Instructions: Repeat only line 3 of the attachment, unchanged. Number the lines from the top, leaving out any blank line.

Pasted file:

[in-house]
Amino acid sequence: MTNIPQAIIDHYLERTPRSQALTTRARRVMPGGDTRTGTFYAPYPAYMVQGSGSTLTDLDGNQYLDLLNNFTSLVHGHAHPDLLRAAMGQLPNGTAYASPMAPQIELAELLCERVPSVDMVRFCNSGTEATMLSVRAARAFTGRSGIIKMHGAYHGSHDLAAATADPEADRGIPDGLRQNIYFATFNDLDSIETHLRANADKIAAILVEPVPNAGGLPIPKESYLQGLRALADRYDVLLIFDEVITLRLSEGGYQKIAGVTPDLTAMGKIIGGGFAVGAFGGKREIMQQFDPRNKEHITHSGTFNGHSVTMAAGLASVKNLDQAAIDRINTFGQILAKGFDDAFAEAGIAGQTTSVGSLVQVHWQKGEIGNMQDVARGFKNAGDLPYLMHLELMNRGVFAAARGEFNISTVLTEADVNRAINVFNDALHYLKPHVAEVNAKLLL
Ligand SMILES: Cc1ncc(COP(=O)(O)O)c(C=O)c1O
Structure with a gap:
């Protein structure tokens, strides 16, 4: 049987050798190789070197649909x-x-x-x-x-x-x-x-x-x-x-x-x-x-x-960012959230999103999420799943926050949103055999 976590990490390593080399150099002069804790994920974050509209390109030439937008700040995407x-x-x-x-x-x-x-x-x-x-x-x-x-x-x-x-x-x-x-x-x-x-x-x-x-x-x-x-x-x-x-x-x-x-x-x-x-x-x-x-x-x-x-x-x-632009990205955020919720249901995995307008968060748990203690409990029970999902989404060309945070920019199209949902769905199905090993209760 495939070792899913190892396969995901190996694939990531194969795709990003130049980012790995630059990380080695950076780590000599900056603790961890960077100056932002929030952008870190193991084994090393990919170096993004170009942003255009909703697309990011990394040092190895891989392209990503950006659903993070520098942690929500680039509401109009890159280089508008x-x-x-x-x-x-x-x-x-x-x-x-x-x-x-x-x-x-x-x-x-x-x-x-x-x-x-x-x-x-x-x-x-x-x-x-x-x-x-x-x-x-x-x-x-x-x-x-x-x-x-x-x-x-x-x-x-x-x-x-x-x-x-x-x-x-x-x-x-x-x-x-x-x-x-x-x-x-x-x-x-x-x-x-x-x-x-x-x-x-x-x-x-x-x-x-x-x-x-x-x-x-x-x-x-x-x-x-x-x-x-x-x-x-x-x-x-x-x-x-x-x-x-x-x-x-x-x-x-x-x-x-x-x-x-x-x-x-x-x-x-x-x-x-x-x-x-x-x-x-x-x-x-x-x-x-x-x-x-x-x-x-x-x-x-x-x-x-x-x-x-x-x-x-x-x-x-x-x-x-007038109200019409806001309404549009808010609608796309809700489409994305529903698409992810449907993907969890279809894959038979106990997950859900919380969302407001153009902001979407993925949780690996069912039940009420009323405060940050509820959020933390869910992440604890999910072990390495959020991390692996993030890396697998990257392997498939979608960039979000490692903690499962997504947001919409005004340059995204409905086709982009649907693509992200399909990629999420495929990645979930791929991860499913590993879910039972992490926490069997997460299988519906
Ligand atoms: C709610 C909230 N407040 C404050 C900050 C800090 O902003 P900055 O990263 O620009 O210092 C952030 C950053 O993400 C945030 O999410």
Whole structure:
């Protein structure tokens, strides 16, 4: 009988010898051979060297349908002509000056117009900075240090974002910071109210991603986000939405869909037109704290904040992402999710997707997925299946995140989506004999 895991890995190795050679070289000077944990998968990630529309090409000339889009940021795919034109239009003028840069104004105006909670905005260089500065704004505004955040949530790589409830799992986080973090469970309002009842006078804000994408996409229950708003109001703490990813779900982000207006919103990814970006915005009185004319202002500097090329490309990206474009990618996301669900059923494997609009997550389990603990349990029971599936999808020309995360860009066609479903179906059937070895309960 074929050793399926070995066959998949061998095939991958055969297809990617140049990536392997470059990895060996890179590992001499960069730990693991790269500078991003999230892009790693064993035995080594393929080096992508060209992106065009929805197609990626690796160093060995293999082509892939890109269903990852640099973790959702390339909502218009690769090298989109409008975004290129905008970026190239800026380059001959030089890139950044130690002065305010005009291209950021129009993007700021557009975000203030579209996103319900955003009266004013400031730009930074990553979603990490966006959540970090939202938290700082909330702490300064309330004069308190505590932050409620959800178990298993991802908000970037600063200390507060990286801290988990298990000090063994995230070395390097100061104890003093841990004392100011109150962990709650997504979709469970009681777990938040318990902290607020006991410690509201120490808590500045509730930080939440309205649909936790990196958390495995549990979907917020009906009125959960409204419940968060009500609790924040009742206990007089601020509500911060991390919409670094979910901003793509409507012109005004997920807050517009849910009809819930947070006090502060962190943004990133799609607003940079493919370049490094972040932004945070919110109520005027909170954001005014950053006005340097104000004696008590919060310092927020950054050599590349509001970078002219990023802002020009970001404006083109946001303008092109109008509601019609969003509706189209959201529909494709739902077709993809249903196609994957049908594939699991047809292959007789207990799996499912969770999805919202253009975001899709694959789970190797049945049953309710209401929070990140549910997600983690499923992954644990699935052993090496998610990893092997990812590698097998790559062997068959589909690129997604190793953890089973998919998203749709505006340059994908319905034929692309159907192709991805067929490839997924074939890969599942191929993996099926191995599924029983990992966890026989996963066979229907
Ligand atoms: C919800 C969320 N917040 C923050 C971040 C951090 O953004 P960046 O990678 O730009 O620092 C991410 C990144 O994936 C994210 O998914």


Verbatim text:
Ligand SMILES: Cc1ncc(COP(=O)(O)O)c(C=O)c1O